Trees from the same species, growing in the same area or environment will be exposed to the same conditions, and hence their growth rings will match at the point where their lifecycles overlap.
Earth's oldest living inhabitant "Methuselah" at 4,767 years, has lived more than a millennium longer than any other tree.
[ While this may be true, a shrub in Tasmania could be 40,000 years old.
See Oldest Living Organism.] The Sheffield Laboratory now has a continuous master sequence for England going back to about 5000BC. This article should be a "must read" for any person interested in factualy accurate information on dating methods.
For each dating or chronological method there is a link in the box at right to take you to that section of this page.
There, you will find a brief description of the method, plus links to take you to other webpages with more extensive information.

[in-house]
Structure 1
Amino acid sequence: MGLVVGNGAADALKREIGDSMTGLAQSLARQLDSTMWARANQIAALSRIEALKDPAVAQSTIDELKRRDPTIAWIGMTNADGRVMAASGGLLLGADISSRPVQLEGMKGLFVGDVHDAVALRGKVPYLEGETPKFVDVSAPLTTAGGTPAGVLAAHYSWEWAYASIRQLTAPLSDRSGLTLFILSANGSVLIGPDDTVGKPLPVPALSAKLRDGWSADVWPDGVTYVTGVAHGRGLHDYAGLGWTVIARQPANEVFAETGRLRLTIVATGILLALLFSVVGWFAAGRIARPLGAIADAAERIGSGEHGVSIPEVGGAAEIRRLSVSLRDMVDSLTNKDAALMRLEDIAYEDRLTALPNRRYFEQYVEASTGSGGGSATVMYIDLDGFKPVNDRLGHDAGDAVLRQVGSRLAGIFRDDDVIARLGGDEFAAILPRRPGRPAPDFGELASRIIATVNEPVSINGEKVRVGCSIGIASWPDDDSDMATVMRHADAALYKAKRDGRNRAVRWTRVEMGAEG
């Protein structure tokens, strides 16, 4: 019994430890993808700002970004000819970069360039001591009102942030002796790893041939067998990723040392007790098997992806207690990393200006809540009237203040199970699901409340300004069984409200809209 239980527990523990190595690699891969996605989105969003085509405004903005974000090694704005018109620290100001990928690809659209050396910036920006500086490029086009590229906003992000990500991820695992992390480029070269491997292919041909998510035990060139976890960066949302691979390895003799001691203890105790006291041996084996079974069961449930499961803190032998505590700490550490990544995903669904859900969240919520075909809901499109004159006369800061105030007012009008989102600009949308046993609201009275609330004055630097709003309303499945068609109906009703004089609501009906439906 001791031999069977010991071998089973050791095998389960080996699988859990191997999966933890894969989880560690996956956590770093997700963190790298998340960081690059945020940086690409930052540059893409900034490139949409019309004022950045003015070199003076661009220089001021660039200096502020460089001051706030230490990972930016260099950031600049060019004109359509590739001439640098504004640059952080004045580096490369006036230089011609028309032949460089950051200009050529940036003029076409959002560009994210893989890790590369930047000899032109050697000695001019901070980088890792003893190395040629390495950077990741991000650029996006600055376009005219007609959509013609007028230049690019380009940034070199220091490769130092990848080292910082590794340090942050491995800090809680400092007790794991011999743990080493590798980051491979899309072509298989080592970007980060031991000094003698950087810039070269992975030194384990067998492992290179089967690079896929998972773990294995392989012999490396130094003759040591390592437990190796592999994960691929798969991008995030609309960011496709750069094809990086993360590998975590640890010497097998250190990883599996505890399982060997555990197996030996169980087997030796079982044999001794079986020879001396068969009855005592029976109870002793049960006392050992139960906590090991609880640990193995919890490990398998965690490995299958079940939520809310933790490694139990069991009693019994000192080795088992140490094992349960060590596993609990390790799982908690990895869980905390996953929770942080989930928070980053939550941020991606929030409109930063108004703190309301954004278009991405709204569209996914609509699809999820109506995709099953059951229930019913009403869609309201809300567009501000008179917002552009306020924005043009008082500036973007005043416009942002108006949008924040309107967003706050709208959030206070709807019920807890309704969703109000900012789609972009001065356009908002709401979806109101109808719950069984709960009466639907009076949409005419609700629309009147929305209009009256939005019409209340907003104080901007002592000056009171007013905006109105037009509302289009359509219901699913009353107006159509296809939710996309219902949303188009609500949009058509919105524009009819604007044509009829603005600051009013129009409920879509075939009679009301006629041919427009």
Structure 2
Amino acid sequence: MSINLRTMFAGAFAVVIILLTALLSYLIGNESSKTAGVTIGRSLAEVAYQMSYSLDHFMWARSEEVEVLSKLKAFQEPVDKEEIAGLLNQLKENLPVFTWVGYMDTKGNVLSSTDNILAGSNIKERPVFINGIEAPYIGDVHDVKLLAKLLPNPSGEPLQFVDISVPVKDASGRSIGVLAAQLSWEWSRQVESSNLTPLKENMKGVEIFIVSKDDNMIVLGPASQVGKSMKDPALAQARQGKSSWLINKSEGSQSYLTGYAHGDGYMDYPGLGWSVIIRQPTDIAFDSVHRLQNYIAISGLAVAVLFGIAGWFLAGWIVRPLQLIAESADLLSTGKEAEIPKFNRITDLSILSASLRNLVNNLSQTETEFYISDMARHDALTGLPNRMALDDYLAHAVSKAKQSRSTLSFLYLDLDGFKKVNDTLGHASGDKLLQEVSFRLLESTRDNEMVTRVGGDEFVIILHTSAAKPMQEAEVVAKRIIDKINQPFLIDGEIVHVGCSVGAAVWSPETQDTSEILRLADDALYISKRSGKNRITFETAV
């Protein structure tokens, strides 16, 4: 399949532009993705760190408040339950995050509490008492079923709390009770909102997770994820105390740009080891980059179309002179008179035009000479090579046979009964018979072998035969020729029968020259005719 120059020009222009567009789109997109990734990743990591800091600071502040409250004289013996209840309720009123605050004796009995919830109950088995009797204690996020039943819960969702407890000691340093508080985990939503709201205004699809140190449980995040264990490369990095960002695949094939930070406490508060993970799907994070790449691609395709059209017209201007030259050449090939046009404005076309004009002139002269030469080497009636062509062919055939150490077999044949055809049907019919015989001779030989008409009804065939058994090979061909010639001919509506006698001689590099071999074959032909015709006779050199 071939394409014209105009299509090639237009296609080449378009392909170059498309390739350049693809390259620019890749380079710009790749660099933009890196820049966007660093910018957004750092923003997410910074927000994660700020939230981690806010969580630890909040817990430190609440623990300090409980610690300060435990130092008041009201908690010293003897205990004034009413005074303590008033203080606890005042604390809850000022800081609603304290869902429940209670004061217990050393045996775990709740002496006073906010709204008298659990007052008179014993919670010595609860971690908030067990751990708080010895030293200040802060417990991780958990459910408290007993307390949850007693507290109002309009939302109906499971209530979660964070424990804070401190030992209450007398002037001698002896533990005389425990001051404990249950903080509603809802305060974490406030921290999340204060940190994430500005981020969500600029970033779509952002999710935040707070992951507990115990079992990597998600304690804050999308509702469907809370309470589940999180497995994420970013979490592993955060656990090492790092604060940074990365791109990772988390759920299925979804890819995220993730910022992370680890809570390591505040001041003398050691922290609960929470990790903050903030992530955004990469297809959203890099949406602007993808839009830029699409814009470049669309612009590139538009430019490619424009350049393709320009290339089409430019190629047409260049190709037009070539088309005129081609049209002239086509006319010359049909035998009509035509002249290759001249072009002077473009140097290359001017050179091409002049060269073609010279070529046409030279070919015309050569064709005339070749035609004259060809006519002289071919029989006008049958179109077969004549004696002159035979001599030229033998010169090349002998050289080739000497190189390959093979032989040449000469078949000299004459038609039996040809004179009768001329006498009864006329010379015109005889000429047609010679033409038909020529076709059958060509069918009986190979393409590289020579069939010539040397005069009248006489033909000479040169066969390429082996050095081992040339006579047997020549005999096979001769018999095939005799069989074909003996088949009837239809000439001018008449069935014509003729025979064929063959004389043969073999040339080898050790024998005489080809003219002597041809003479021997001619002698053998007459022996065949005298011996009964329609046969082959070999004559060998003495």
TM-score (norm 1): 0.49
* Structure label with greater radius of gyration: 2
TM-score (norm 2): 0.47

However, human beings love to see factual precision, and we want to know how old something is.
A specialized form of cross-dating, using animal and plant fossils, is known as biostratigraphy.Hutton, a Scottish geologist, first proposed formally the fundamental principle used to classify rocks according to their relative ages.He concluded, after studying rocks at many outcrops, that each layer represented a specific interval of geologic time.Keyed to the relative time scale are examples of index fossils, the forms of life which existed during limited periods of geologic time and thus are used as guides to the age of the rocks in which they are preserved.William "Strata" Smith, a civil engineer and surveyor, was well acquainted with areas in southern England where "limestone and shales are layered like slices of bread and butter." His hobby of collecting and cataloging fossil shells from these rocks led to the discovery that certain layers contained fossils unlike those in other layers.